College aside, my time with Counterpoint was definitely one of my most productive spells I've ever had in my lifetime. As layout editor, I was in love with the entire process of making a magazine from a bunch of articles and photos, trying to synthesize all of them into one cohesive, attractive-looking whole. Working with Adobe PageMaker and InDesign since the sixth grade taught me the importance of a proper "preflight" check of a project before sending it off to the print shop, and the creative power one can wield with only two inks -- usually black and PANTONE 121 CVU for me (a bright yellow to everyone else).
Fast forward to today, and I am saddened by the realization that the Internet has saturated our lives so much that entire magazines and newspapers such as the Seattle Post-Intelligencer and San Francisco Chronicle are closing up shop, opting to become entirely "Internet-only" publications.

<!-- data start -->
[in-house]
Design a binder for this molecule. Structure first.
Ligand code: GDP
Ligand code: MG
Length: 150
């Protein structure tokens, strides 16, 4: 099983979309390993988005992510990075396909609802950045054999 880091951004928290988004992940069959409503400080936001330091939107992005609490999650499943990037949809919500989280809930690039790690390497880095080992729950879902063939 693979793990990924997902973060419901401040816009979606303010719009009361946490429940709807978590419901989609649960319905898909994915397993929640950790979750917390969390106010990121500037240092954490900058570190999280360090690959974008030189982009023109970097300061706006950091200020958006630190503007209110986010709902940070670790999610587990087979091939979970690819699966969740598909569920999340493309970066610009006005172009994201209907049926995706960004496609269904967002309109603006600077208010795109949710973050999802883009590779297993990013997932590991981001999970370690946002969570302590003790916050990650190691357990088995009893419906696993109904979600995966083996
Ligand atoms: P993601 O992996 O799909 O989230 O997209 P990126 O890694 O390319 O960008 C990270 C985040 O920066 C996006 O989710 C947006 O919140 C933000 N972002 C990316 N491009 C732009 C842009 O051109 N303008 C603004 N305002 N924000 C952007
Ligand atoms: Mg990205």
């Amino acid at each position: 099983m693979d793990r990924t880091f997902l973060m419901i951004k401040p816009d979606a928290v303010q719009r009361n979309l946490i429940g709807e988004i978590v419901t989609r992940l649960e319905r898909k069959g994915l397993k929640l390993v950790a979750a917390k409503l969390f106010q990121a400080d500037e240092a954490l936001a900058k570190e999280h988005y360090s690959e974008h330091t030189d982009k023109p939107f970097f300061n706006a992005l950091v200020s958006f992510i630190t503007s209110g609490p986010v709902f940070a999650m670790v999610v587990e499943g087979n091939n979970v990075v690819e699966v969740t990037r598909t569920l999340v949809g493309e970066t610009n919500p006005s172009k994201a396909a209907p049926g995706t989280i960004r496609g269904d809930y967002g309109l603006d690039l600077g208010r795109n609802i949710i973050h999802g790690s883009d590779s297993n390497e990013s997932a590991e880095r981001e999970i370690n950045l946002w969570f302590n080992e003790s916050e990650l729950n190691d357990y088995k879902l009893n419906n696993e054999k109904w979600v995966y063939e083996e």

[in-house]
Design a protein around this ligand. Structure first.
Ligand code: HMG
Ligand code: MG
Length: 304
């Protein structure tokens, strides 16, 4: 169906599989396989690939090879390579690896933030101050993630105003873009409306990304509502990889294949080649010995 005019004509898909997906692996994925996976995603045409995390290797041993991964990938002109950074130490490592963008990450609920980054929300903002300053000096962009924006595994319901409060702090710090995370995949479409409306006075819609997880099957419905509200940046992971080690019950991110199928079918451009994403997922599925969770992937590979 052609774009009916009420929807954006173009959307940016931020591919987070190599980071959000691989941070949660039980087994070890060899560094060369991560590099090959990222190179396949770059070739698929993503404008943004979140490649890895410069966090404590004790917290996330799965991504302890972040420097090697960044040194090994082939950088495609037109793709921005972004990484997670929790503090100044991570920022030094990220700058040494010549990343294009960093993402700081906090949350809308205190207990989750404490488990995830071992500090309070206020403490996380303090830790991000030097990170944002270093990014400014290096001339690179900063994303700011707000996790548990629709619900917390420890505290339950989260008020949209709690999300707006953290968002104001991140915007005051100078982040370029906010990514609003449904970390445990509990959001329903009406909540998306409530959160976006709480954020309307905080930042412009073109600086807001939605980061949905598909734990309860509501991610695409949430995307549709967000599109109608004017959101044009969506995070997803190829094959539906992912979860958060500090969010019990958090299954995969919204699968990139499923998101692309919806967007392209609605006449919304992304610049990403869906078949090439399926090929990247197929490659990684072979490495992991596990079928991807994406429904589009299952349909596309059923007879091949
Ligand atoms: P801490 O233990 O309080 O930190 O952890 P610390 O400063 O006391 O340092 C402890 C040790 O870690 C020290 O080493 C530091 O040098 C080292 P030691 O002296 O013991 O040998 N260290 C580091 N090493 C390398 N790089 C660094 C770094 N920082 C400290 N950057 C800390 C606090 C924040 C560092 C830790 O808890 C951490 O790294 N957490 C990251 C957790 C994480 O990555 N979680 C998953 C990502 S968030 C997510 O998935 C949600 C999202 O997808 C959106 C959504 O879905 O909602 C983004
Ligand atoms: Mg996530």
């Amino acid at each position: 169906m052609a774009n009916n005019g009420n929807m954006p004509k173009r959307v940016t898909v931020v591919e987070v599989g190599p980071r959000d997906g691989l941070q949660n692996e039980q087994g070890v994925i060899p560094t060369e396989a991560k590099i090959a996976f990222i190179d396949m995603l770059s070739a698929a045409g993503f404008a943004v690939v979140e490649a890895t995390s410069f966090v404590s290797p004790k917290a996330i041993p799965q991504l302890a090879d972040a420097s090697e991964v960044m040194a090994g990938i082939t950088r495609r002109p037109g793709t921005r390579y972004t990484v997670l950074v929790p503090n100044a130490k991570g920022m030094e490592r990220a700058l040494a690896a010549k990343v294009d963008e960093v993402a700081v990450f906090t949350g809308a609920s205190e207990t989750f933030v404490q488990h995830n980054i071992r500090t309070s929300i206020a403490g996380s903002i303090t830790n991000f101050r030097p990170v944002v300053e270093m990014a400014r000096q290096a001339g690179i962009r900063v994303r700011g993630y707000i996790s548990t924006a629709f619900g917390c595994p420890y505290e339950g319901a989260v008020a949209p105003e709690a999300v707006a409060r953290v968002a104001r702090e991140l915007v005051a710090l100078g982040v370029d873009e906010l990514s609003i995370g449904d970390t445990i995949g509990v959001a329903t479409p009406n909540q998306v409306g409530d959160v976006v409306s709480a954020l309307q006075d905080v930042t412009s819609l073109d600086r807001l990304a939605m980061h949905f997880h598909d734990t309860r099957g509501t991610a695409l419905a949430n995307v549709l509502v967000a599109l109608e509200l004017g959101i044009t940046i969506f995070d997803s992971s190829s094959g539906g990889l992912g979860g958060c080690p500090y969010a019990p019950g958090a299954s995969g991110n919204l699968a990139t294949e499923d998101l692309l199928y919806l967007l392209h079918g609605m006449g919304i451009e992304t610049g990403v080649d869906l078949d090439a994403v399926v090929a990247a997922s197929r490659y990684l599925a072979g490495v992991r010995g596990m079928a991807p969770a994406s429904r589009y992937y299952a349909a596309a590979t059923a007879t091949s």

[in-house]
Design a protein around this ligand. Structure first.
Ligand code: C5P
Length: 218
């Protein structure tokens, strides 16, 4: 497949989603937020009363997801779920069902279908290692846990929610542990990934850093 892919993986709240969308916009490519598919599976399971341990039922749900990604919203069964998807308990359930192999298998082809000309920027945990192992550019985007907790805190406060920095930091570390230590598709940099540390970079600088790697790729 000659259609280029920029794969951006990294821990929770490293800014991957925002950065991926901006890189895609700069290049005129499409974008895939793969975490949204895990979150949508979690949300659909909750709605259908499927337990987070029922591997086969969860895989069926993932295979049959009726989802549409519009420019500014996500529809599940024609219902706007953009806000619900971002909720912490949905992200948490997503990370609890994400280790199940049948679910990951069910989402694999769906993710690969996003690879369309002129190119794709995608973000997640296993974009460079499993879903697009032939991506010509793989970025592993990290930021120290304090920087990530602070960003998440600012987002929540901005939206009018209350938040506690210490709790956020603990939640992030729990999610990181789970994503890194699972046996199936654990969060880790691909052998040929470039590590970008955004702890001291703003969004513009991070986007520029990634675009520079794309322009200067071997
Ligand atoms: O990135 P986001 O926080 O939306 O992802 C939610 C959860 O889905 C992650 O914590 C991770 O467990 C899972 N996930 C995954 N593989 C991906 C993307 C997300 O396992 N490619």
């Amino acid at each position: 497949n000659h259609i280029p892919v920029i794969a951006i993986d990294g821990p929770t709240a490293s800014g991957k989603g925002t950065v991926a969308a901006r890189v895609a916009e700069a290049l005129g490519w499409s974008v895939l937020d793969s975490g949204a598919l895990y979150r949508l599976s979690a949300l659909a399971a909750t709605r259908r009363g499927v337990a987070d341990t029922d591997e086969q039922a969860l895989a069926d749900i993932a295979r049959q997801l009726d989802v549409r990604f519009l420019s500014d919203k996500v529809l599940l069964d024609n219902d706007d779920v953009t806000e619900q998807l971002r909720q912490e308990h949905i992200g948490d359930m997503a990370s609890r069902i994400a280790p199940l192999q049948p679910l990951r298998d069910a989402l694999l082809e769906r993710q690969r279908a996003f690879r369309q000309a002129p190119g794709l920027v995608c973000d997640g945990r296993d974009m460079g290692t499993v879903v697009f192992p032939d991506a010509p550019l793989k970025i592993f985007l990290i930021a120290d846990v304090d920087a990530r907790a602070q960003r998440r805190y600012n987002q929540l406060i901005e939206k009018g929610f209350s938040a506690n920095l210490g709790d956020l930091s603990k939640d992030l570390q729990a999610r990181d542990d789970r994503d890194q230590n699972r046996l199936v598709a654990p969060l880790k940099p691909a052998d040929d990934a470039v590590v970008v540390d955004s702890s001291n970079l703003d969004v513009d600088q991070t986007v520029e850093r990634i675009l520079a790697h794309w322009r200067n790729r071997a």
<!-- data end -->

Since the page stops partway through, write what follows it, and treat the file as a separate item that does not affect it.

I never really got the hang of HTML. Sure, I hard-coded an entire website once in the past with nothing but Notepad, but I found the whole process exceedingly clunky and nowhere near as intuitive as using PageMaker/InDesign. I am aware that the Internet opens so many other ways of turning a web page into eye candy, but most of the animated banners I see on websites do them no favors as coherent wholes. Novelty for the sake of novelty, I'd say. From a design standpoint, I've always believed in keeping things simple -- my tools involving nothing more than typefaces and drawn objects.
Back in high school I thought I could make a living as a layout editor for a magazine. That probably isn't the case in the US any longer, with magazines slowly slipping into obsolescence, taking one of my greatest ambitions along with them.